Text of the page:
Jake Ferguson’s most memorable experience at the Rose Bowl to this point left him in tears.
The University of Wisconsin football team’s sophomore tight end was a middle schooler when his grandfather, Barry Alvarez, came back to coach the Badgers in the 2013 Rose Bowl against Stanford. Alvarez wanted his family to experience the Rose Bowl up close, so Ferguson and his brother, Joe, were in the locker room.
It was the pregame speech Alvarez delivered that shook Jake Ferguson up.
“I remember being in the locker room and I’ve never seen my grandpa raise his voice, and he’s screaming to his players,” Ferguson said. “We ended up walking out before everybody else on the field. (Joe) was walking out with his eyes big, I think I said something to him and he was like, ‘Yeah, that was really scary.’”
Ferguson will get a new vantage point on a trip to Pasadena, California, this week as he and the Badgers (10-3) get ready to take on Oregon (11-2) in the Rose Bowl.
He’s ready to get a chance to make his own mark and create a happier Rose Bowl memory. He’s spent years hearing stories from Alvarez — UW’s athletic director and former football coach — about college football’s longest-running bowl game.
“It’s not really been the whole week, it’s been almost my whole life. ‘Got to get to the Rose Bowl. Rose Bowl’s the greatest thing ever, you’re going to love Pasadena.’ That was when I was like 10,” Ferguson said. “Just knowing that and growing up with him talking about it all the time. It’s kind of special for us to be able to get this opportunity to play.”
If his grandfather’s stories weren’t enough of a motivation, Ferguson said he’s started to notice more and more how much the Rose Bowl is tied to the history of the UW program.
“You don’t really notice how much Rose Bowl stuff is here until you’re actually in it and you’re walking around and there’s roses everywhere. You understand that it is a big game here. It is almost like tradition for us to go there and get that opportunity to play,” he said.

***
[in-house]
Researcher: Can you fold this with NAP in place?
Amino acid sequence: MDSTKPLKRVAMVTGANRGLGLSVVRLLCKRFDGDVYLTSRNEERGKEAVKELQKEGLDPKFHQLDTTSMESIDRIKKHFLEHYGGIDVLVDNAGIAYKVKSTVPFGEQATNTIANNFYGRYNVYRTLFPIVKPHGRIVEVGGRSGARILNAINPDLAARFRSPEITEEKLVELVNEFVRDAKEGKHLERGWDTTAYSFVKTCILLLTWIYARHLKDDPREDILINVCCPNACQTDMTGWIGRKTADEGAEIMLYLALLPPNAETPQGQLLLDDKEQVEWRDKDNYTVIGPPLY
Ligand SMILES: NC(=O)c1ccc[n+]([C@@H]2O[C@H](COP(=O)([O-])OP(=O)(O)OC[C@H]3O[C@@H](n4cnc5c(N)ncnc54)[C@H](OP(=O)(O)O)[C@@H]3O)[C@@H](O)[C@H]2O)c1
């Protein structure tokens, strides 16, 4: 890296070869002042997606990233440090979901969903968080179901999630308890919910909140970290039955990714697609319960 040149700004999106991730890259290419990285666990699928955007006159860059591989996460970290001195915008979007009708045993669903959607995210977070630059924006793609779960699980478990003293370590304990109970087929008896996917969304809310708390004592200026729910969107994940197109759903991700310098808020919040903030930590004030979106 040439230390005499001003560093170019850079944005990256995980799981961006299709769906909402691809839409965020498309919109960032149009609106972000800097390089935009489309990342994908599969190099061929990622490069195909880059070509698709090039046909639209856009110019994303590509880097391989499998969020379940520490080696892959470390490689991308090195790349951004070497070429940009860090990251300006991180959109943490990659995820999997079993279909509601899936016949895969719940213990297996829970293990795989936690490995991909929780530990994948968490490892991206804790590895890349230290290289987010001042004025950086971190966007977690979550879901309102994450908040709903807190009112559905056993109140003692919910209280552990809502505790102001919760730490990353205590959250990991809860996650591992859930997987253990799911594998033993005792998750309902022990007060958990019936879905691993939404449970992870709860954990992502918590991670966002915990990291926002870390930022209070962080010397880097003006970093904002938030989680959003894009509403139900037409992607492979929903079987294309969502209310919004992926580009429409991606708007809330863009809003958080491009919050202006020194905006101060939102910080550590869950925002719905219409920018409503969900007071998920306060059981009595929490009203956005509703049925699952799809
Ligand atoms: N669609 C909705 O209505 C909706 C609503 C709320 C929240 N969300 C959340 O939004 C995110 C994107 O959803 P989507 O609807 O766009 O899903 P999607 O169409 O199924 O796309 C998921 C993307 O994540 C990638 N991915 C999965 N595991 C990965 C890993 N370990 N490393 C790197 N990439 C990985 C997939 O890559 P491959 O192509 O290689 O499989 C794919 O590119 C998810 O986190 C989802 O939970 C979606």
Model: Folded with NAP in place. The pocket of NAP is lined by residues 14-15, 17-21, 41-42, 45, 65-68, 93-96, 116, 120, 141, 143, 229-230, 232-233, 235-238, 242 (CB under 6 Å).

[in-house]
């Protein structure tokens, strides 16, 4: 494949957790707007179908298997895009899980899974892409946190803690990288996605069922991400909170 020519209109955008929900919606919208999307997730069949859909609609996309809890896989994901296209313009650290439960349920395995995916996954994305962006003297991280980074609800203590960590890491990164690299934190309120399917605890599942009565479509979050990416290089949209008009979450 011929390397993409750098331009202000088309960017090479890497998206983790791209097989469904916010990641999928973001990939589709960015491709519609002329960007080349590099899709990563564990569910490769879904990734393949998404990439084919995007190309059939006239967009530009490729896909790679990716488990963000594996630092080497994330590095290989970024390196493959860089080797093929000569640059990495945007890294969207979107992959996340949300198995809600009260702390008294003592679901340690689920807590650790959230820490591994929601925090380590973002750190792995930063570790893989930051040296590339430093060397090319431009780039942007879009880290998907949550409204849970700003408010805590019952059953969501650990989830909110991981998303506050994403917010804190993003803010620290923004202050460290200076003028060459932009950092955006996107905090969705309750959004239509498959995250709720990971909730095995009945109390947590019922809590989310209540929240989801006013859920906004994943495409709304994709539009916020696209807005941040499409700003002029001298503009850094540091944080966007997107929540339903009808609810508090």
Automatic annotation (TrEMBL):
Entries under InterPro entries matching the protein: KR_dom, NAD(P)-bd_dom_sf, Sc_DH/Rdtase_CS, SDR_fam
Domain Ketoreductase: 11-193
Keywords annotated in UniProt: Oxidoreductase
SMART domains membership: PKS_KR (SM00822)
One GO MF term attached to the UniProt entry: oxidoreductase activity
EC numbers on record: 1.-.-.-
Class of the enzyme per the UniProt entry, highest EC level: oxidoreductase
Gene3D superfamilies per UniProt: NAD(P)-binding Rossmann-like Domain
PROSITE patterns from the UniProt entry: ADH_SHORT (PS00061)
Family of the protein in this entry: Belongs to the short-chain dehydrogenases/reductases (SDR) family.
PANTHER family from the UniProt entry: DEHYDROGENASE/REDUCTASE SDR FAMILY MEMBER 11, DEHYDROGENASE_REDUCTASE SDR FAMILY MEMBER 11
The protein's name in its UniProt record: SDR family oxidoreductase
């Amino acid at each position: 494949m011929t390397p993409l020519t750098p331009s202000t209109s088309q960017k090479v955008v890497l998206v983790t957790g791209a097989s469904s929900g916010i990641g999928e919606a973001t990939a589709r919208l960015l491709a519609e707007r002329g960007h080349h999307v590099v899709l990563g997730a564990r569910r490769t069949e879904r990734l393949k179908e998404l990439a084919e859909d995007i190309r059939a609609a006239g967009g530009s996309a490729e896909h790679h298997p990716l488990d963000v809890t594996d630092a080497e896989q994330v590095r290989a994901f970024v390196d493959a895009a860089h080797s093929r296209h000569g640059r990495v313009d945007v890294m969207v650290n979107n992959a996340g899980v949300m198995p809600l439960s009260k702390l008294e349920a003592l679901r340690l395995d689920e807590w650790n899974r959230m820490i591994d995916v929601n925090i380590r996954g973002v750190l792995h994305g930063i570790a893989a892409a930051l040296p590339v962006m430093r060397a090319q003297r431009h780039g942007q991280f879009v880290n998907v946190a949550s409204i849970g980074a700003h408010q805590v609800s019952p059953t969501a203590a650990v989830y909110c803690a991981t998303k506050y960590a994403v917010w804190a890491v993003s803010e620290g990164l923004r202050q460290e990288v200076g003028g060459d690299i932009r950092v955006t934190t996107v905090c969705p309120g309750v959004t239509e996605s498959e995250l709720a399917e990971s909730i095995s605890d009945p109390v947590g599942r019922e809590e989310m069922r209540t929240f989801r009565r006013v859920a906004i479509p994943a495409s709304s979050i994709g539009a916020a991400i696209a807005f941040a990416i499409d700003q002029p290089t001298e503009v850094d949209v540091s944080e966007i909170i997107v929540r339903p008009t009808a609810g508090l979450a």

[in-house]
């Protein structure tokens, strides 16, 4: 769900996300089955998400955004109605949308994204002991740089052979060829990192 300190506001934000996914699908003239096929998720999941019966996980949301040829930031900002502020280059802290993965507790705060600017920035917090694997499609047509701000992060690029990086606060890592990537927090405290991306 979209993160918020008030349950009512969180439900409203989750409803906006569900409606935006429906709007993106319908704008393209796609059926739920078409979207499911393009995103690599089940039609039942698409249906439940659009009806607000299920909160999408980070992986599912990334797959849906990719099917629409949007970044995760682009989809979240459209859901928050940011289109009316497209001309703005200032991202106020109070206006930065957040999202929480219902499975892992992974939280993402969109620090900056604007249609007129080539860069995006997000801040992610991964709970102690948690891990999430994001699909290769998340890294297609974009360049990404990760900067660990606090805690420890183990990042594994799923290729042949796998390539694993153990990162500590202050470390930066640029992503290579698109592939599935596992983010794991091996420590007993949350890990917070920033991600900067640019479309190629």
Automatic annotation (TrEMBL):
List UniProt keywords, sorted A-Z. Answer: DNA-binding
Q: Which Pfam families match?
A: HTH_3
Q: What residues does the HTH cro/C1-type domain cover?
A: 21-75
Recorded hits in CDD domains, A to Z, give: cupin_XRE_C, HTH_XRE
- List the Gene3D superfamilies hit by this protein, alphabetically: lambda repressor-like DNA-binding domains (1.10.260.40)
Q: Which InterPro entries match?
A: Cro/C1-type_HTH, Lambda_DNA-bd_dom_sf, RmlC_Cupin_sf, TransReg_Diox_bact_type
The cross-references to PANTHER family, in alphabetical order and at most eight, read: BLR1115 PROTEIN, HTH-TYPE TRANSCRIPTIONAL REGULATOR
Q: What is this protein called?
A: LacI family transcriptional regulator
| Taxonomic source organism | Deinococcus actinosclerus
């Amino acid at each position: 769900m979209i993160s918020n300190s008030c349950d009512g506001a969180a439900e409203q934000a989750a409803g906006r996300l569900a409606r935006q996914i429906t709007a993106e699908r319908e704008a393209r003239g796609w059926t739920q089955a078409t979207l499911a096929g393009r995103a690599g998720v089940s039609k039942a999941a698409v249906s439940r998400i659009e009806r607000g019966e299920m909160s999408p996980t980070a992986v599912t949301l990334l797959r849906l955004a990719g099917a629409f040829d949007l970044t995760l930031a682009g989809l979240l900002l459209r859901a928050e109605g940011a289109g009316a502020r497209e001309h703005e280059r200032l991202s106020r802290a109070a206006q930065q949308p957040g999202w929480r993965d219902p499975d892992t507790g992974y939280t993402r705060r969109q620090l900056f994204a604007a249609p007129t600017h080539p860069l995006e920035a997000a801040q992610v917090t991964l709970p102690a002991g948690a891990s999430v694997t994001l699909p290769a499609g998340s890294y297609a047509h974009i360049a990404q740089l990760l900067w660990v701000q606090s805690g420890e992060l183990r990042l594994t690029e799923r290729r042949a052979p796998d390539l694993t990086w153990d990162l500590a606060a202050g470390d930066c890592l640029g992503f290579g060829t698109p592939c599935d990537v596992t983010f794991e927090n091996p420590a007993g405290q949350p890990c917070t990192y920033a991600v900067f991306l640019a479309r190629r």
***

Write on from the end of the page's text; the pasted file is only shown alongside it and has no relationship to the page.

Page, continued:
The chance to win a Rose Bowl comes at the end of a season unlike any Ferguson, a former Madison Memorial athlete, has experienced at UW. He played regularly last season for the Badgers, but was the starter from the jump this year. The Badgers’ depth at tight end, which has long been a signature of the program, was wiped out this season due to a rash of injuries.
That left Ferguson and redshirt freshman Cormac Sampson as the two healthy tight ends coaches felt confident putting on the field. Ferguson has played nearly every offensive snap since Big Ten Conference play started in September — his 850 snaps are second only to junior center Tyler Biadasz (864).
“That’s not easy (to) play every snap, and do those types of things. I think carrying that responsibility, knowing you have to be on, there’s a mindset to that. (Ferguson) has done it. He’s championed it. He’s not looking for who’s coming in to give him a break. I give him a lot of credit for that,” UW offensive coordinator Joe Rudolph said last month.
Ferguson also has been credited by teammates for his blocking in the run game. Ferguson’s and Sampson’s work in turning the edge of the defense with their blocks has helped the Badgers integrate more jet sweeps and receiver runs to the outside, factors that helped jump-start the offense midway through the season.
While Ferguson said he’s enjoyed playing as much as he has, it’s been a challenge as well.
“It’s definitely a grinder. I remember looking at Cormac after one of our like 90-yard drives, and I looked at him like, ‘I’m dying.’ He’s like, ‘Hold on, I’ve got to go throw up.’ It’s just been me and him back and forth,” Ferguson said.
Ferguson has had at least one catch in every game this season, and his 29 catches for 363 yards rank second on the team. Being a steady force even with that increased workload has been about preparation, Ferguson said. He and Sampson will study together on Friday nights at the team hotel to get things solidified, and he’s taken better care of his body throughout the week.
Ferguson also said he’s gained maturity through the season, and understands better how defenses will change throughout a game.
“Me being able to account for those changes and being able to switch on my own game, not doing the same thing. I don’t think I could’ve done that last year. I would’ve just been locked in on just one thing, just only done that,” he said.
As Ferguson and the Badgers inch closer to the Rose Bowl, the importance of the game can be felt in practice.
“Everybody on this team understands how big of a game this is,” Ferguson said. “In practice, you can completely tell, there’s this change of pace. A lot of these guys are really working harder.”
A look back: Badgers’ history in the Rose Bowl